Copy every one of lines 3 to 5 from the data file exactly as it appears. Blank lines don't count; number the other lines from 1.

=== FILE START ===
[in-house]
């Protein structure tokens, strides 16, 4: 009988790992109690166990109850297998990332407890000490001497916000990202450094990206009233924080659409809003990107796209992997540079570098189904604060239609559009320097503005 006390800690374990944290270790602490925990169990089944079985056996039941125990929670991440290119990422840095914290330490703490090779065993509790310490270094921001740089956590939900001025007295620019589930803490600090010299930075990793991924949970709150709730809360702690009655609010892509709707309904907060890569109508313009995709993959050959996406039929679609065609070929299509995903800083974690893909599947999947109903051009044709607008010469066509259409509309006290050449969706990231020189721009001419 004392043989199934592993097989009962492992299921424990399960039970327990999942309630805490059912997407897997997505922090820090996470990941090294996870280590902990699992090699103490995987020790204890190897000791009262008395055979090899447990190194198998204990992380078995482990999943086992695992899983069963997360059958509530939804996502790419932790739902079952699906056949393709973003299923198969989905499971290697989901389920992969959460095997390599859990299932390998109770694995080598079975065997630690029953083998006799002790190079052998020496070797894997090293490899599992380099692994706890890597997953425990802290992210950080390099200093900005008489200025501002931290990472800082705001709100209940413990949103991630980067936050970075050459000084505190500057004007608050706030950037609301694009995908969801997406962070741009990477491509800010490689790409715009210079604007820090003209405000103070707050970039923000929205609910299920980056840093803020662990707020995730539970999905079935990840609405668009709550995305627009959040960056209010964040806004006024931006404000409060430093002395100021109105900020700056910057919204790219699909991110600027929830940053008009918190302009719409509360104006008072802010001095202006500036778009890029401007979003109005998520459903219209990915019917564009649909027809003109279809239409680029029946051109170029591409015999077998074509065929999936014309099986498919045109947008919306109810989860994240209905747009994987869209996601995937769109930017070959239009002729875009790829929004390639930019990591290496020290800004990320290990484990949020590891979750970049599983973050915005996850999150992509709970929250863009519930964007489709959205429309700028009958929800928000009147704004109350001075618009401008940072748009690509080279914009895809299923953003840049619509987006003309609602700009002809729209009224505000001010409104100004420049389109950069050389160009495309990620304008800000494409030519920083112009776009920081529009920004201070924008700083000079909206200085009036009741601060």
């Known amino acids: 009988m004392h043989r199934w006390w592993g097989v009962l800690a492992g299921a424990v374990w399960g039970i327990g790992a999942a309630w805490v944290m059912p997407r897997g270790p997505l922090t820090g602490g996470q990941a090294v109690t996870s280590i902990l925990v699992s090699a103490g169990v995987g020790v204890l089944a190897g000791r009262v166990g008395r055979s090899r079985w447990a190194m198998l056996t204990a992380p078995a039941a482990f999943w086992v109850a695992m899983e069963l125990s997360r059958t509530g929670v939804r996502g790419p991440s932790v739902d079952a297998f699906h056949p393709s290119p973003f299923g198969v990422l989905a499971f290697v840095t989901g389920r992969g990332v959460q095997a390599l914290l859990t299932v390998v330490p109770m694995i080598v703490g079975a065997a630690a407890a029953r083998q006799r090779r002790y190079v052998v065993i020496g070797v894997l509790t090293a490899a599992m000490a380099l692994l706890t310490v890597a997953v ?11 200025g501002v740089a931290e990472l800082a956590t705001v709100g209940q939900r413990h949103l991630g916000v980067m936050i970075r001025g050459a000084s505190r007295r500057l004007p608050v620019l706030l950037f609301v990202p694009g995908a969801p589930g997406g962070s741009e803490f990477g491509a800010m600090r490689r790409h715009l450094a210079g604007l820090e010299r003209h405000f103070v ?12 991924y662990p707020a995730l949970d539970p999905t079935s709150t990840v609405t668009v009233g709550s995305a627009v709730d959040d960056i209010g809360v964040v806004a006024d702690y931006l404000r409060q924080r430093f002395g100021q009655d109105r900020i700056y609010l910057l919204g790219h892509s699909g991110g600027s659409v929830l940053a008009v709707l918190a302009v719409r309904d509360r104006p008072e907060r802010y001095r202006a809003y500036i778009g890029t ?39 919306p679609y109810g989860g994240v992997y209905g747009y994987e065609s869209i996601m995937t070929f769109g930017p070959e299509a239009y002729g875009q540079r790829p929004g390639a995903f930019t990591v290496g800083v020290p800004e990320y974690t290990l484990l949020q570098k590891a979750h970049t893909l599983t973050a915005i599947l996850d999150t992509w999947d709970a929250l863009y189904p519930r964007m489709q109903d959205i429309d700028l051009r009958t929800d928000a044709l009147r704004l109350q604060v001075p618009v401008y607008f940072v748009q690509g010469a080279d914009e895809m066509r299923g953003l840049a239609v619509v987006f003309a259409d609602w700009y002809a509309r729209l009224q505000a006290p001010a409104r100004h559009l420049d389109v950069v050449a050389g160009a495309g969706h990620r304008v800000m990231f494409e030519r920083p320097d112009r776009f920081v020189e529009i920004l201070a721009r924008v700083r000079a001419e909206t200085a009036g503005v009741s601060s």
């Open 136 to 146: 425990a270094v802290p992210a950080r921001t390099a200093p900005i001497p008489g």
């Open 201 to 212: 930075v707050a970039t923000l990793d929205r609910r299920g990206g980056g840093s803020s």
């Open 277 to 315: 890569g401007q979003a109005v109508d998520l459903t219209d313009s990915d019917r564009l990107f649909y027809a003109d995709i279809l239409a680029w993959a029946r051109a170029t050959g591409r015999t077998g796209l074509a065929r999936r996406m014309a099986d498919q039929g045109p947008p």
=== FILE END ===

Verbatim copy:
């Known amino acids: 009988m004392h043989r199934w006390w592993g097989v009962l800690a492992g299921a424990v374990w399960g039970i327990g790992a999942a309630w805490v944290m059912p997407r897997g270790p997505l922090t820090g602490g996470q990941a090294v109690t996870s280590i902990l925990v699992s090699a103490g169990v995987g020790v204890l089944a190897g000791r009262v166990g008395r055979s090899r079985w447990a190194m198998l056996t204990a992380p078995a039941a482990f999943w086992v109850a695992m899983e069963l125990s997360r059958t509530g929670v939804r996502g790419p991440s932790v739902d079952a297998f699906h056949p393709s290119p973003f299923g198969v990422l989905a499971f290697v840095t989901g389920r992969g990332v959460q095997a390599l914290l859990t299932v390998v330490p109770m694995i080598v703490g079975a065997a630690a407890a029953r083998q006799r090779r002790y190079v052998v065993i020496g070797v894997l509790t090293a490899a599992m000490a380099l692994l706890t310490v890597a997953v ?11 200025g501002v740089a931290e990472l800082a956590t705001v709100g209940q939900r413990h949103l991630g916000v980067m936050i970075r001025g050459a000084s505190r007295r500057l004007p608050v620019l706030l950037f609301v990202p694009g995908a969801p589930g997406g962070s741009e803490f990477g491509a800010m600090r490689r790409h715009l450094a210079g604007l820090e010299r003209h405000f103070v ?12 991924y662990p707020a995730l949970d539970p999905t079935s709150t990840v609405t668009v009233g709550s995305a627009v709730d959040d960056i209010g809360v964040v806004a006024d702690y931006l404000r409060q924080r430093f002395g100021q009655d109105r900020i700056y609010l910057l919204g790219h892509s699909g991110g600027s659409v929830l940053a008009v709707l918190a302009v719409r309904d509360r104006p008072e907060r802010y001095r202006a809003y500036i778009g890029t ?39 919306p679609y109810g989860g994240v992997y209905g747009y994987e065609s869209i996601m995937t070929f769109g930017p070959e299509a239009y002729g875009q540079r790829p929004g390639a995903f930019t990591v290496g800083v020290p800004e990320y974690t290990l484990l949020q570098k590891a979750h970049t893909l599983t973050a915005i599947l996850d999150t992509w999947d709970a929250l863009y189904p519930r964007m489709q109903d959205i429309d700028l051009r009958t929800d928000a044709l009147r704004l109350q604060v001075p618009v401008y607008f940072v748009q690509g010469a080279d914009e895809m066509r299923g953003l840049a239609v619509v987006f003309a259409d609602w700009y002809a509309r729209l009224q505000a006290p001010a409104r100004h559009l420049d389109v950069v050449a050389g160009a495309g969706h990620r304008v800000m990231f494409e030519r920083p320097d112009r776009f920081v020189e529009i920004l201070a721009r924008v700083r000079a001419e909206t200085a009036g503005v009741s601060s």
């Open 136 to 146: 425990a270094v802290p992210a950080r921001t390099a200093p900005i001497p008489g």
């Open 201 to 212: 930075v707050a970039t923000l990793d929205r609910r299920g990206g980056g840093s803020s």